• Diabetes– The additional pounds and resistance to insulin due to diets in highly processed foods are causing the rates of Type 2 Diabetes to skyrocket, most especially in the over 55 population. Diabetes causes poor circulation, particularly in the extremities, and weakens the immune system, and being weakened, the body has increased vulnerability to invasion by pathogens, including dermatophytic fungi. A fungal infection of the nail can cause the loss of the nail itself and increase susceptibility to a secondary bacterial or viral infection which can lead to amputation of the toe or finger.
  • Hygiene – Often hygiene can suffer when health deteriorates, as every day actions like bathing and changing clothes can become more difficult. This can make it much easier to contract nail fungus in the first place. When socks and shoes are not changed daily, it can make toenail fungus spread to other toes and the other foot and make it far more difficult to eradicate.  Best practices are to wash your hands (and feet when you can) with a good antimicrobial soap often and make sure to have clean socks at least once a day.
  • Trouble Taking Oral Medications – Podiatrists often prescribe Lamisil, an oral form of the antifungal medication terbinafine for patients suffering from nail fungus. While oral terbinafine can be reasonably effective in treatment, the drug causes significant duress on the patient’s liver. Unfortunately, many seniors and diabetics already have lowered liver function and cannot afford to risk further damage.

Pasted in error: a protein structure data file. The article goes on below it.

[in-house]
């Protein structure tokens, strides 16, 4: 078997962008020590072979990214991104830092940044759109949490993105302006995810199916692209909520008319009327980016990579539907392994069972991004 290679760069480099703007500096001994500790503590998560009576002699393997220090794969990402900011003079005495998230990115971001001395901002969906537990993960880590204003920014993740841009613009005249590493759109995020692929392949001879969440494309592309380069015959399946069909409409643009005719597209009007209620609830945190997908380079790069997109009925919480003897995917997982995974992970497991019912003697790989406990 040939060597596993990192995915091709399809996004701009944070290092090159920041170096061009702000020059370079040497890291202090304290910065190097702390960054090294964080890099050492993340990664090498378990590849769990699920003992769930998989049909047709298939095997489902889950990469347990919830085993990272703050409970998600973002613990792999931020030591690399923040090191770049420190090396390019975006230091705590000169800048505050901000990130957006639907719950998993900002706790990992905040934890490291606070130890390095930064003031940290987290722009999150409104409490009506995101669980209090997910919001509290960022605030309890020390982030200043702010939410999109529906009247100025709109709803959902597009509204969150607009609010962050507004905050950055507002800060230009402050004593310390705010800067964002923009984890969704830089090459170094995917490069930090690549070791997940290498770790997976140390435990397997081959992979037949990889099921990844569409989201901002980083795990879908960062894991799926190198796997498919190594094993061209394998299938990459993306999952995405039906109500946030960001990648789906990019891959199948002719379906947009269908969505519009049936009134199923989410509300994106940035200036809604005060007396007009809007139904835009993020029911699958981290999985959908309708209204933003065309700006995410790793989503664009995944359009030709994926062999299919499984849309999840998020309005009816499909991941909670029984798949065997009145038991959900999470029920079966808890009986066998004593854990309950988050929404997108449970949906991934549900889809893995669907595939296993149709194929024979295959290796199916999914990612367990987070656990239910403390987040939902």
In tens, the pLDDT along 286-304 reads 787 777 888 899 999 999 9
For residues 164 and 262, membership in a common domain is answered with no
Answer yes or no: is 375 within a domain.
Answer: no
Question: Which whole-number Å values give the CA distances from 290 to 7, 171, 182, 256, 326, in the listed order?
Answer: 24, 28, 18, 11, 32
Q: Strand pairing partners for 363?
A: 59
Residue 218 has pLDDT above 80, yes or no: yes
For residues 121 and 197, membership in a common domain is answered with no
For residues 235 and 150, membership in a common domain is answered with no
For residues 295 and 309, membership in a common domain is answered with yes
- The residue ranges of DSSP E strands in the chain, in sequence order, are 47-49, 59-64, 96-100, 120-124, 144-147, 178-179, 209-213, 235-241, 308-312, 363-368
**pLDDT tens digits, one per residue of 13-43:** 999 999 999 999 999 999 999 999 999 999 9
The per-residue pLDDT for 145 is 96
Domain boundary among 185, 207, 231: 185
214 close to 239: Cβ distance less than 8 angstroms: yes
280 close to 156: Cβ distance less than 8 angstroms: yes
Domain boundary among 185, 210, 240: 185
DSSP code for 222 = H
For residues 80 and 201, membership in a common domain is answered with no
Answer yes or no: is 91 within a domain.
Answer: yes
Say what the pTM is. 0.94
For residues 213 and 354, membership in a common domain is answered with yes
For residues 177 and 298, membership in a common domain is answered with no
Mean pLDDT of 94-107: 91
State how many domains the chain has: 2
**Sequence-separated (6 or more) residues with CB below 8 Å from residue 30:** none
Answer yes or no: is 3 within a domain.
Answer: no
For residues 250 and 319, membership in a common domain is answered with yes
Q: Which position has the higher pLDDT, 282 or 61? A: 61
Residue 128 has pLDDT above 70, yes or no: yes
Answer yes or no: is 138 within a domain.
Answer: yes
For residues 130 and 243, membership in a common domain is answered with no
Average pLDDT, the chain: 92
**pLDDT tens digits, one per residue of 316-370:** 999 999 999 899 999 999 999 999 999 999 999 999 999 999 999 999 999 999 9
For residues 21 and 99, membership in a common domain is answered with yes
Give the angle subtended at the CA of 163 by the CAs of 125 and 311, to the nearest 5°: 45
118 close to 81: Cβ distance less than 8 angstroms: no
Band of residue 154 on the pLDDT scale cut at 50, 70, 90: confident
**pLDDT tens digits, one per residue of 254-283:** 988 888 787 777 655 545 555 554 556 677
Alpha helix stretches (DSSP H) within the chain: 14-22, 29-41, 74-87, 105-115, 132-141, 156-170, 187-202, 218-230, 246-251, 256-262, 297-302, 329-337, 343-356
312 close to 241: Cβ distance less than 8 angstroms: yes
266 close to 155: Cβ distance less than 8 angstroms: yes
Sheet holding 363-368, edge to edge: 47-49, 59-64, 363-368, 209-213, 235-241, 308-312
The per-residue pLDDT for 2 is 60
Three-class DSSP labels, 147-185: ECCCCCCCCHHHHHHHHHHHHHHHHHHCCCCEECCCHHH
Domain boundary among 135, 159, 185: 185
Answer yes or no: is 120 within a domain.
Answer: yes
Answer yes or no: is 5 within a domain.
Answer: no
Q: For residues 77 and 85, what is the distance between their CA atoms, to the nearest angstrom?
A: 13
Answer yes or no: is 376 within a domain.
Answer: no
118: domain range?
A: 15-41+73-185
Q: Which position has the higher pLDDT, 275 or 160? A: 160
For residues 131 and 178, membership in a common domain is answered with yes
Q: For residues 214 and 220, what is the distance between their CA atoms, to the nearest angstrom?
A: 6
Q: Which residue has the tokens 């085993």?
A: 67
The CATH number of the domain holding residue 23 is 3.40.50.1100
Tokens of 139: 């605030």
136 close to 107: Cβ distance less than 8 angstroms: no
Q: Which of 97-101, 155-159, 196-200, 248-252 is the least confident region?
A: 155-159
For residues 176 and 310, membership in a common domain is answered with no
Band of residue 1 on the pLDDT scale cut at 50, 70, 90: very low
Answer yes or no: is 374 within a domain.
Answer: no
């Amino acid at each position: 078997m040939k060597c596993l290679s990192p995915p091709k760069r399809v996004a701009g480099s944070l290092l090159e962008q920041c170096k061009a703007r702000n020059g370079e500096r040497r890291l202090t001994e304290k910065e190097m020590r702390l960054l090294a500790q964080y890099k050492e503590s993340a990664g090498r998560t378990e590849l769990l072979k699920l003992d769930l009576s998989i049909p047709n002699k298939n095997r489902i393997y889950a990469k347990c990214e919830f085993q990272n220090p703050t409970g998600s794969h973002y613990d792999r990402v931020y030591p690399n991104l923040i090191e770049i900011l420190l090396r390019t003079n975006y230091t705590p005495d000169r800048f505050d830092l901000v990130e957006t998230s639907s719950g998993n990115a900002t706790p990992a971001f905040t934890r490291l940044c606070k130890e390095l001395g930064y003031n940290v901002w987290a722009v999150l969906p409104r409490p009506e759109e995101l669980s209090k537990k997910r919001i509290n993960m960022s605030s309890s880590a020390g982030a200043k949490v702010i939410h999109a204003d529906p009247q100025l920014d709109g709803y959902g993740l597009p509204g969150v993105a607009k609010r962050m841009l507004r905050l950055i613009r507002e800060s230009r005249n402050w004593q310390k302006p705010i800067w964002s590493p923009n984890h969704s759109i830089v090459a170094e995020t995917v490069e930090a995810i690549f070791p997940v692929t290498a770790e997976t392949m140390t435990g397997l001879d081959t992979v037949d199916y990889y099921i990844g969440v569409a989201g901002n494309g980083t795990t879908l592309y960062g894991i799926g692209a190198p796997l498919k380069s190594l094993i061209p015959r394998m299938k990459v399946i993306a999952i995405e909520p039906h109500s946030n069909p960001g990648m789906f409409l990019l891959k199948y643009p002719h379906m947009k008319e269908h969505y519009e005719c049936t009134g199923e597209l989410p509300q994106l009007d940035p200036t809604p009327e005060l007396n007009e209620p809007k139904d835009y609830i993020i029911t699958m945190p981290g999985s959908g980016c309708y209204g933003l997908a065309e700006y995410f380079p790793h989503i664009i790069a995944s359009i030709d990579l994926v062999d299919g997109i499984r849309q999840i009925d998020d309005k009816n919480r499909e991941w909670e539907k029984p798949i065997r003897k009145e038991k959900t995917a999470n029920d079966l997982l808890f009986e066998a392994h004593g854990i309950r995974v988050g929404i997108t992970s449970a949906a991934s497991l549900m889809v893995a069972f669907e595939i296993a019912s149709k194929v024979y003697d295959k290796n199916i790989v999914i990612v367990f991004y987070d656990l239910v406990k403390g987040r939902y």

• Lack of Insurance Coverage for Treatment – Treatment of onychomycosis is often not covered by most insurance plans or Medicaid unless there are already additional complications. When treatment is covered, usually only oral medication is made available while even more expensive methods like laser therapy remain out of pocket. Popular topical treatments are also not usually covered. This can represent an additional hardship in seeking successful treatment to those seniors who are on fixed incomes.

If you are a senior, nail fungus is a medical condition you will need to address now and in the coming years. The best course is diligent prevention and proper diet, exercise and general hygiene can go a long way toward keeping you “fungus free”. If, in spite of your precautions, an infection does occur or you have nail fungus now, it is important to get treatment with a strong antifungal like FixaFungus ToeNail Fungus Treatment as early as you can. By taking action sooner than later, you can keep the infection from spreading and help ensure successful therapy, while avoiding more dangerous complications and expensive medical visits.

 


[i] Ghannoum MA, Hajjeh RA, Scher R, et al. A large-scale North American study of fungal isolates from nails: the frequency of onychomycosis, fungal distribution, and antifungal susceptibility patterns. J Am Acad Dermatol. 2000;43:641-648

[ii] Singh G, Haneef NS, Uday A. Nail changes and disorders among the elderly. Indian J Dermatol, Veneveol Leprol. 2005;71:386–92.